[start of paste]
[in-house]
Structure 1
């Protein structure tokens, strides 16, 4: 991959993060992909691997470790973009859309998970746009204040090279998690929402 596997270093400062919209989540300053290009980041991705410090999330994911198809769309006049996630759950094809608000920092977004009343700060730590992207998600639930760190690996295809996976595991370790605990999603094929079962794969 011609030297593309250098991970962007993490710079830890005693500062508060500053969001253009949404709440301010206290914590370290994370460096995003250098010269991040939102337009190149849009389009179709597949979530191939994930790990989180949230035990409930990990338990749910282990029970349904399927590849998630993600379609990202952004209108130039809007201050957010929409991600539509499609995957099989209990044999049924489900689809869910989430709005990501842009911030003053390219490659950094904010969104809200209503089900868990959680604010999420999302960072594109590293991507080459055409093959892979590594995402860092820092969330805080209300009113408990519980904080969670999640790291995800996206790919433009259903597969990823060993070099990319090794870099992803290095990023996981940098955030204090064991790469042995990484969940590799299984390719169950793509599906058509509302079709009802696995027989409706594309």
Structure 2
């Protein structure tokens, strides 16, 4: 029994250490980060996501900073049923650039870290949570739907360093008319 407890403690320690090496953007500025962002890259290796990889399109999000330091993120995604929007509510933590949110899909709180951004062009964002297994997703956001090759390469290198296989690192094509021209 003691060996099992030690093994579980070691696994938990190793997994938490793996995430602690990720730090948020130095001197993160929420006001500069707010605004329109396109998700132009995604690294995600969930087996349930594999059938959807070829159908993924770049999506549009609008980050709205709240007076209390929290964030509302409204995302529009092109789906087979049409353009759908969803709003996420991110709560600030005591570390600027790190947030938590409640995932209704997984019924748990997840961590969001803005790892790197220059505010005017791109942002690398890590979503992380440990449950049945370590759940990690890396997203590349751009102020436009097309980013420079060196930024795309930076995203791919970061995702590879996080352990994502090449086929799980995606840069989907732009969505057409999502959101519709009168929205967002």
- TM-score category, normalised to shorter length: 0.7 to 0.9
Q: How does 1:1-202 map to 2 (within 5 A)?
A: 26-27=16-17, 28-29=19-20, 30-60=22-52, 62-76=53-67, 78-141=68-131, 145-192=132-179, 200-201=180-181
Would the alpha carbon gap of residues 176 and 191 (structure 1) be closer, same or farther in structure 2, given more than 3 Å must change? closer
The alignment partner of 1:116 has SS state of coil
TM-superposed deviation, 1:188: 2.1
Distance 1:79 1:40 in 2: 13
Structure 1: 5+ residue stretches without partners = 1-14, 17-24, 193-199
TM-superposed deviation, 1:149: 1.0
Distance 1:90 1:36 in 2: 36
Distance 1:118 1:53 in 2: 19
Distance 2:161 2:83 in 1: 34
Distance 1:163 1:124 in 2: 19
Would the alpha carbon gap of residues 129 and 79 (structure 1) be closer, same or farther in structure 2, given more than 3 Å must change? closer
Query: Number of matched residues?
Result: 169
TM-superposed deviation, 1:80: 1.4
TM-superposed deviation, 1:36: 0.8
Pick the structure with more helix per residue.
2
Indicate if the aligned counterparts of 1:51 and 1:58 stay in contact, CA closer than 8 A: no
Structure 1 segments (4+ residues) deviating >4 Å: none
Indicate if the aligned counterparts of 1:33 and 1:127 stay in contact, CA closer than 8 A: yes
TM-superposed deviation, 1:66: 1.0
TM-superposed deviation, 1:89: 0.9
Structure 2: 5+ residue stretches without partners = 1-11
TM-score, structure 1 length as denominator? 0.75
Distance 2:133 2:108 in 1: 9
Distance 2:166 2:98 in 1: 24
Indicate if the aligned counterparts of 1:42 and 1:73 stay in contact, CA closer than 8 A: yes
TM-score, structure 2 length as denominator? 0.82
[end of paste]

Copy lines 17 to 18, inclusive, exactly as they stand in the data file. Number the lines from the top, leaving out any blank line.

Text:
Distance 2:161 2:83 in 1: 34
Distance 1:163 1:124 in 2: 19